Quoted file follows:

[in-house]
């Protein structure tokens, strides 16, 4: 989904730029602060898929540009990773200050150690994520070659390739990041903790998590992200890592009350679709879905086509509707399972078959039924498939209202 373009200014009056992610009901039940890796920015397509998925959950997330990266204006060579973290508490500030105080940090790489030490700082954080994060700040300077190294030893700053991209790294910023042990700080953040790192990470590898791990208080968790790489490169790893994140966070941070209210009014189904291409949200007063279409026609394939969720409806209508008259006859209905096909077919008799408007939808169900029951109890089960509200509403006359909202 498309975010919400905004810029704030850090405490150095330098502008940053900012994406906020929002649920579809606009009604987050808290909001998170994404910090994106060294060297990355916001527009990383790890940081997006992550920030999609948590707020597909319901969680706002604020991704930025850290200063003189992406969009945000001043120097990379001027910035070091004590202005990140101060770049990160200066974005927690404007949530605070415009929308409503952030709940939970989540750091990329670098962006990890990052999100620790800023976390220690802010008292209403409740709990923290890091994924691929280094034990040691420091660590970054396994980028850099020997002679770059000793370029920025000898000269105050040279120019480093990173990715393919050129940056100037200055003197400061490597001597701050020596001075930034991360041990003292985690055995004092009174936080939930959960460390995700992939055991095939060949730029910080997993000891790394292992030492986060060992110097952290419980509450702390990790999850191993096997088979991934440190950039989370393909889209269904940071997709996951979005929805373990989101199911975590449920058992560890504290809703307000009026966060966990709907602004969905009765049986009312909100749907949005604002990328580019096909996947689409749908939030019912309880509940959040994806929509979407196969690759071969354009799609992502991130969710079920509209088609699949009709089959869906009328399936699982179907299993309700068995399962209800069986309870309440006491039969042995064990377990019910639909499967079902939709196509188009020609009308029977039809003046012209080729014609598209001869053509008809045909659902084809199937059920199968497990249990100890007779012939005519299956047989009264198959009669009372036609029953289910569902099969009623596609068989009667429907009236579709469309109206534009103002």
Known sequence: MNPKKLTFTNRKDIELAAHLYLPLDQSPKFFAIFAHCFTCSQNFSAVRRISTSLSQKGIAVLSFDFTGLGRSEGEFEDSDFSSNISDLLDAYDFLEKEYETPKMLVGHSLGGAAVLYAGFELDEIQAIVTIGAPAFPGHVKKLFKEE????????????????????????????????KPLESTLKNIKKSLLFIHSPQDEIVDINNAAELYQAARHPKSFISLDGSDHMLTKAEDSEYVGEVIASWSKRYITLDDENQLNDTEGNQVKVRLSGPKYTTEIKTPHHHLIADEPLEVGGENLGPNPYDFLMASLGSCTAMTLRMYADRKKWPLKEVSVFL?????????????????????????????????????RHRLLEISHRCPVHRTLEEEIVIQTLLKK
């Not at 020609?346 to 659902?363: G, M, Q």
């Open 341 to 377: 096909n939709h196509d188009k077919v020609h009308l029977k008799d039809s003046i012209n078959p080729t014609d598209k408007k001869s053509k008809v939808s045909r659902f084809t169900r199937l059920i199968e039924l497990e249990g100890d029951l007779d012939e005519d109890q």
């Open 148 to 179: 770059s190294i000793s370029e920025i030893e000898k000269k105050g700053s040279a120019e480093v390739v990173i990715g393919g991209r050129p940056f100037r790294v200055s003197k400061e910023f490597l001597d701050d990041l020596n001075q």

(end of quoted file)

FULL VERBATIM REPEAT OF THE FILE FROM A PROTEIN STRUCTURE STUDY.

[in-house]
């Protein structure tokens, strides 16, 4: 989904730029602060898929540009990773200050150690994520070659390739990041903790998590992200890592009350679709879905086509509707399972078959039924498939209202 373009200014009056992610009901039940890796920015397509998925959950997330990266204006060579973290508490500030105080940090790489030490700082954080994060700040300077190294030893700053991209790294910023042990700080953040790192990470590898791990208080968790790489490169790893994140966070941070209210009014189904291409949200007063279409026609394939969720409806209508008259006859209905096909077919008799408007939808169900029951109890089960509200509403006359909202 498309975010919400905004810029704030850090405490150095330098502008940053900012994406906020929002649920579809606009009604987050808290909001998170994404910090994106060294060297990355916001527009990383790890940081997006992550920030999609948590707020597909319901969680706002604020991704930025850290200063003189992406969009945000001043120097990379001027910035070091004590202005990140101060770049990160200066974005927690404007949530605070415009929308409503952030709940939970989540750091990329670098962006990890990052999100620790800023976390220690802010008292209403409740709990923290890091994924691929280094034990040691420091660590970054396994980028850099020997002679770059000793370029920025000898000269105050040279120019480093990173990715393919050129940056100037200055003197400061490597001597701050020596001075930034991360041990003292985690055995004092009174936080939930959960460390995700992939055991095939060949730029910080997993000891790394292992030492986060060992110097952290419980509450702390990790999850191993096997088979991934440190950039989370393909889209269904940071997709996951979005929805373990989101199911975590449920058992560890504290809703307000009026966060966990709907602004969905009765049986009312909100749907949005604002990328580019096909996947689409749908939030019912309880509940959040994806929509979407196969690759071969354009799609992502991130969710079920509209088609699949009709089959869906009328399936699982179907299993309700068995399962209800069986309870309440006491039969042995064990377990019910639909499967079902939709196509188009020609009308029977039809003046012209080729014609598209001869053509008809045909659902084809199937059920199968497990249990100890007779012939005519299956047989009264198959009669009372036609029953289910569902099969009623596609068989009667429907009236579709469309109206534009103002």
Known sequence: MNPKKLTFTNRKDIELAAHLYLPLDQSPKFFAIFAHCFTCSQNFSAVRRISTSLSQKGIAVLSFDFTGLGRSEGEFEDSDFSSNISDLLDAYDFLEKEYETPKMLVGHSLGGAAVLYAGFELDEIQAIVTIGAPAFPGHVKKLFKEE????????????????????????????????KPLESTLKNIKKSLLFIHSPQDEIVDINNAAELYQAARHPKSFISLDGSDHMLTKAEDSEYVGEVIASWSKRYITLDDENQLNDTEGNQVKVRLSGPKYTTEIKTPHHHLIADEPLEVGGENLGPNPYDFLMASLGSCTAMTLRMYADRKKWPLKEVSVFL?????????????????????????????????????RHRLLEISHRCPVHRTLEEEIVIQTLLKK
């Not at 020609?346 to 659902?363: G, M, Q």
């Open 341 to 377: 096909n939709h196509d188009k077919v020609h009308l029977k008799d039809s003046i012209n078959p080729t014609d598209k408007k001869s053509k008809v939808s045909r659902f084809t169900r199937l059920i199968e039924l497990e249990g100890d029951l007779d012939e005519d109890q």
């Open 148 to 179: 770059s190294i000793s370029e920025i030893e000898k000269k105050g700053s040279a120019e480093v390739v990173i990715g393919g991209r050129p940056f100037r790294v200055s003197k400061e910023f490597l001597d701050d990041l020596n001075q």